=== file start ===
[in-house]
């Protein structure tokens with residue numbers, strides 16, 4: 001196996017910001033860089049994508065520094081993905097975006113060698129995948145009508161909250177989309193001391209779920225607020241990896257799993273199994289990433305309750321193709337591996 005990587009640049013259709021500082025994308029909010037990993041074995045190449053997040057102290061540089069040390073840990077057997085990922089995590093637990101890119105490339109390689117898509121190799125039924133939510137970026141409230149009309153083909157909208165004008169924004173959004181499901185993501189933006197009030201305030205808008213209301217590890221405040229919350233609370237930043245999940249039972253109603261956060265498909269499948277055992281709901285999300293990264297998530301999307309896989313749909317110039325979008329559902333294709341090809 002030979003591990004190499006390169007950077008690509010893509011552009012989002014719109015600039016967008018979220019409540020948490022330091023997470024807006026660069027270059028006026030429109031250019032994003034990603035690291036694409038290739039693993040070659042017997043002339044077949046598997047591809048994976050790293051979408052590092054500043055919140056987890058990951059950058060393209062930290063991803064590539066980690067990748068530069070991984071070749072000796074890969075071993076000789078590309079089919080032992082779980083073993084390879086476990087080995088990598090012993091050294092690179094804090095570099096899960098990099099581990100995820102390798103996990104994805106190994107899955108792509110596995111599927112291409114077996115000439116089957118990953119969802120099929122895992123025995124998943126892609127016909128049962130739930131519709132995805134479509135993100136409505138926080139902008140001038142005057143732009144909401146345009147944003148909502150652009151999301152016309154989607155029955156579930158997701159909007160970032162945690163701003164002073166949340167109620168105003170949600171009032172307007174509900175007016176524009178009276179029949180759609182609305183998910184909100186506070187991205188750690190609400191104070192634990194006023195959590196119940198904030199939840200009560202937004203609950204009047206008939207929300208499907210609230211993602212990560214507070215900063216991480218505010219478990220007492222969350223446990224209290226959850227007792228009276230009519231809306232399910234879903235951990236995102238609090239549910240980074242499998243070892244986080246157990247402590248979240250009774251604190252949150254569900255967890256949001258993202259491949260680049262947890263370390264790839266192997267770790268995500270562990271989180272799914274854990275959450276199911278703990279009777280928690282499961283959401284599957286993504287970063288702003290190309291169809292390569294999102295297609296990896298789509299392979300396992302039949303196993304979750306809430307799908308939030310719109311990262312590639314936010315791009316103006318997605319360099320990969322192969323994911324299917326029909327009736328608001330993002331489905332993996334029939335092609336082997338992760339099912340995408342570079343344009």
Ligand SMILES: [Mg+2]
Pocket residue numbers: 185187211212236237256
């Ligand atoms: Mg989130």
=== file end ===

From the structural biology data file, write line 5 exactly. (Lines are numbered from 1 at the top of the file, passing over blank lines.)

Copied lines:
């Ligand atoms: Mg989130």